Systemisters are people who enjoy breaking down and analysing systems. They are more likely to become train spotters or computer scientists.
They are what he has called ‘male brained’ — as these qualities occur most frequently, but far from exclusively, in men.
Empathisers, on the other hand, are more typically ‘female’ brained as they are more typically women.
Although there are exceptions, most men — when tested — come out as more ‘systemising’ than ‘empathising’, while for women it is the other way round.
And this is the picture we are given of systemisers!
I love it! Lovelovelove it! It's a beautiful example of biased thinking. Examples of systemizing behavior are all picked from stuff guys do more and that means systemizing is a male brain thing. But of course many traditionally female hobbies and chores also require good systemizing skills. If you omit all of those and put in a picture of train spotting guys, well, you have made your case.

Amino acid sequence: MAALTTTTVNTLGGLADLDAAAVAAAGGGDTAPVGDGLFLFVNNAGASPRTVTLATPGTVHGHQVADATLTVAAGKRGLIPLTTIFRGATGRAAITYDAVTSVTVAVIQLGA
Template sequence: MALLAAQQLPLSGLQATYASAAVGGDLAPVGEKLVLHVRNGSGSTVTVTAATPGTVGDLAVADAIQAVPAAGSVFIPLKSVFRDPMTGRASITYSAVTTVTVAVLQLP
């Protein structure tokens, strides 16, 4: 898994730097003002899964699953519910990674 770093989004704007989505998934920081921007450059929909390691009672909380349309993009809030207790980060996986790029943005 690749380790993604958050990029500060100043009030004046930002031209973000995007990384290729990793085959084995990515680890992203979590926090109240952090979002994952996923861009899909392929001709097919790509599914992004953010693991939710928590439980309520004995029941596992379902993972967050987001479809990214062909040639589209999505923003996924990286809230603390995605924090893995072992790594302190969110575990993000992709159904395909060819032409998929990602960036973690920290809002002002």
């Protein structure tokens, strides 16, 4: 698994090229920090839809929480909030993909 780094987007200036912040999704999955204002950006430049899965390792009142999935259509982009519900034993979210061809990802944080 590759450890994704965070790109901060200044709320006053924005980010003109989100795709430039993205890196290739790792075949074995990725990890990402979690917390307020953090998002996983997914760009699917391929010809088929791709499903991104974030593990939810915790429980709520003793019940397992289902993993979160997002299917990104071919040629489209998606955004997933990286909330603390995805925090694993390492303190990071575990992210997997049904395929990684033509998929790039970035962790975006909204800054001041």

Tuesday, April 28, 2015
Short Posts, 4/28/2015: Fear of the Other Party, Why Reproductive Rights Might Be Losing, the Power of Koch Brothers And Older Actresses
1. This study on the fear of the other political party in the US sounds interesting. I have not read the study itself, so I can't say anything about its methods and such. But thinking about the "fear of the other" in the context of political parties could be fruitful.